Observation start time: 08:00:00 Observation end time: 14:00:00 Total observation time: 6 hours
Official Counter: Debbie James
Visitors: Two women came up to the station, one volunteers for Jeffco Open Space, who mentioned seeing a grouse (sp.) at White Ranch. Both women knew about Hawk Watch and were interested in knowing which hawks I'd seen migrate.
Weather: A gorgeous day up on the Ridge. Cloudless, low winds--it was already 16 degrees(C) when I got there. Perfect humidity, along with breezes kept it from ever feeling hot.
Raptor Observations: Migrators were sparse today, and were flying on both sides of the Ridge as well as above. Some flew very low on the east side. The Broad-tailed Hawk and Northern Harrier sailed directly overhead for a great view. Locals: 3 Red-tail Hawks; 2 TV's; and one Kestrel arrived late in the afternoon, hovered, then landed on power line.
Non-raptor Observations: A deer or elk met its demise on 1-70, right after the curve, by the sign that warns to watch for them. A Cottontail rabbit hopped thru the station twice today, numerous butterflies and grasshoppers. 4 American Crow; 4 Western Meadowlark; 3 Woodhouse's Scrub Jay; 5 House Finch; 1 Yellow-rumped Warbler; 13 White-throated Swifts; 4 Black-billed Magpie; 2 Chickadee (sp.); 4 Common Raven; 1 Spotted Towhee; 1 Broad-tailed Hummingbird; 1 Rock Wren.
Predictions: Looks like another beautiful day tomorrow with a chance of p.m. rain. The migration might be slowing as it's getting close to the end of the season. ======================================================================== Report submitted by Matthew Smith (<matt.smith...>) Dinosaur Ridge - Bird Conservancy of the Rockies information may be found at: http://www.birdconservancy.org/
Site Description: Dinosaur Ridge is the only regularly staffed hawkwatch in Colorado and is the best place in the world to see migrating Ferruginous Hawks. Dinosaur Ridge may be the best place in the country to see the rare dark morph of the Broad-winged Hawk (a few are seen each spring). Hawkwatchers who linger long enough may see resident Golden Eagles, Red-tailed Hawks and Prairie Falcons, in addition to migrating Swainson's, Cooper's and Sharp-shinned Hawks, American Kestrels and Turkey Vultures. Peregrine Falcons and Ferruginous Hawks are uncommon; Northern Goshawk is rare but regular. Non-raptor species include Rock Wren, and sometimes Bushtit, Western Bluebird, Sandhill Crane, White-throated Swift, American White Pelican or Dusky Grouse. Birders are always welcome. The hawkwatch is generally staffed by volunteers from Bird Conservancy of the Rockies from about 9 AM to around 3 PM from March 1st to May 7th.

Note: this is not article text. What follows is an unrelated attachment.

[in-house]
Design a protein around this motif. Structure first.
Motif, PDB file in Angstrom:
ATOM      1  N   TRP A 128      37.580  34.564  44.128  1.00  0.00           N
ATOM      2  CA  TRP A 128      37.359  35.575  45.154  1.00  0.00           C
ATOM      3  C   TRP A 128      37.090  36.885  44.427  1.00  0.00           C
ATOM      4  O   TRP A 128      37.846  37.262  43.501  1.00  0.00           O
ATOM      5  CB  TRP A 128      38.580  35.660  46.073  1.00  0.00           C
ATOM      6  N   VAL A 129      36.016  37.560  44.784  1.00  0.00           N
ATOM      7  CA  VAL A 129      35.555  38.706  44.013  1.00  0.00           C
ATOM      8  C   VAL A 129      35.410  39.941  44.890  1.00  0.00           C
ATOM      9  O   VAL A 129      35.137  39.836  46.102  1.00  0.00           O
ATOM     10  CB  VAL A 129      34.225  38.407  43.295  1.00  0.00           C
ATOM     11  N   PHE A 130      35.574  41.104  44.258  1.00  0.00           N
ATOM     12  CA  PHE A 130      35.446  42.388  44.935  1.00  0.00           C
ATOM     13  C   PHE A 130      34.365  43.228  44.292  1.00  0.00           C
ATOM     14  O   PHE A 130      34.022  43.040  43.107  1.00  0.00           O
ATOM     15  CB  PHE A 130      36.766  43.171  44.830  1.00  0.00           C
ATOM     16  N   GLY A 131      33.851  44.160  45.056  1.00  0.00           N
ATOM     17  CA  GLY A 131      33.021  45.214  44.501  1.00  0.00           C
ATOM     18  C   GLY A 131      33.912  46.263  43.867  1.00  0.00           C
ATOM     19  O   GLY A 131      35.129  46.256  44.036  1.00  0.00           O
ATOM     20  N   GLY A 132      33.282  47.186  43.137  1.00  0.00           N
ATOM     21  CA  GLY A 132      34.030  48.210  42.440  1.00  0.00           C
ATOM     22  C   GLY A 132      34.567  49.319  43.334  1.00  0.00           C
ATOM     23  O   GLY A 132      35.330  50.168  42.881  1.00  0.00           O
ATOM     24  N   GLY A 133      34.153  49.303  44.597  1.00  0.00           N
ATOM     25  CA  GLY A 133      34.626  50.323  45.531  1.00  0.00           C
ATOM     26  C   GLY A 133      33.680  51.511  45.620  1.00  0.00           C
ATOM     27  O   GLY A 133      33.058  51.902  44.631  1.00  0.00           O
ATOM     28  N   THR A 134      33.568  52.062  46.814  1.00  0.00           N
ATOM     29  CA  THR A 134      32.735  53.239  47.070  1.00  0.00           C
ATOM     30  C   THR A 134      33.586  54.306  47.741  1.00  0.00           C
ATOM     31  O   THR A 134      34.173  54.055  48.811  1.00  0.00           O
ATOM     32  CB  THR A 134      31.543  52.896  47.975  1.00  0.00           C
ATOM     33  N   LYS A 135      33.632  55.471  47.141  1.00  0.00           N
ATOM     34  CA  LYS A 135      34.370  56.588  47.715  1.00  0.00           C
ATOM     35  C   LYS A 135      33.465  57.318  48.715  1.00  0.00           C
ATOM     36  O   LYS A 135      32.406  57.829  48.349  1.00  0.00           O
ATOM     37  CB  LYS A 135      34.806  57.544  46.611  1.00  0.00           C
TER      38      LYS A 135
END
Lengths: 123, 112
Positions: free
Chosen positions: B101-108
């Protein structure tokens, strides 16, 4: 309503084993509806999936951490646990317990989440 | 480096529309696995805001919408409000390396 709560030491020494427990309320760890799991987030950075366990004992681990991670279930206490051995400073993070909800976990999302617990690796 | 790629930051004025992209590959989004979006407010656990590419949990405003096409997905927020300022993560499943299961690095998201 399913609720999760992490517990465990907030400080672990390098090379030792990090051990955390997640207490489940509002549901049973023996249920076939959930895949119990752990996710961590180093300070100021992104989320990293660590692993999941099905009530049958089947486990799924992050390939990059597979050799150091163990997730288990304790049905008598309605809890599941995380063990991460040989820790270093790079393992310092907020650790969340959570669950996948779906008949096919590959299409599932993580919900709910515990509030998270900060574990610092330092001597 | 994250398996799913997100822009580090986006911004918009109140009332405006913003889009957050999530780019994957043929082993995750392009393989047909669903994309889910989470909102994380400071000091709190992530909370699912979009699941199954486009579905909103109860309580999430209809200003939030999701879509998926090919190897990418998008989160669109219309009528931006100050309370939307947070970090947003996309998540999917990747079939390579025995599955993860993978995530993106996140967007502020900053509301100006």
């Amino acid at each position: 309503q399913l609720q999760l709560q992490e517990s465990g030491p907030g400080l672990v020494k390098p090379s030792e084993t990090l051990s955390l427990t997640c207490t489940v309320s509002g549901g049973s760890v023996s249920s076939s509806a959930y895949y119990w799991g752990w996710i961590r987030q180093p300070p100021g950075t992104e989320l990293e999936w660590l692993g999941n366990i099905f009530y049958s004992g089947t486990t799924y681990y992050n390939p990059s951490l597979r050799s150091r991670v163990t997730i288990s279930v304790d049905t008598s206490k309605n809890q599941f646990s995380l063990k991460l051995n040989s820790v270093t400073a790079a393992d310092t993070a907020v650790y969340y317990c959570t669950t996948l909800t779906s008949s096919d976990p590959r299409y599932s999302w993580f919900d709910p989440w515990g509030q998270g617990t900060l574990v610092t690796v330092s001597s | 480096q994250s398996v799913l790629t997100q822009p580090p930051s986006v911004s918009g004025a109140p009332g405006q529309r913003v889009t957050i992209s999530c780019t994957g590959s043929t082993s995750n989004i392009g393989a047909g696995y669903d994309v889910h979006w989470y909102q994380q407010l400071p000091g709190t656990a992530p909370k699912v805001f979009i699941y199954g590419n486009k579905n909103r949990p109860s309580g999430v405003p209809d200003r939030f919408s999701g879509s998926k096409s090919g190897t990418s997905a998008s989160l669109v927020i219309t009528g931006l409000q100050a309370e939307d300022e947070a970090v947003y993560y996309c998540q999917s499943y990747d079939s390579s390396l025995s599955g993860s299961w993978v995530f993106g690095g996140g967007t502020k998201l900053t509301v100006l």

Directions to site: From exit 259 on I-70 towards Morrison, drive south under freeway and take left into first parking lot, the Stegosaurus lot. Follow small signs from the south side of lot to hawkwatch site. The hike starts heading east on an old two-track and quickly turns south onto a trail on the west side of the ridge. When the trail nears the top of the ridge, turn left, head through the gate, and walk to the clearly-visible, flat area at the crest of the ridge.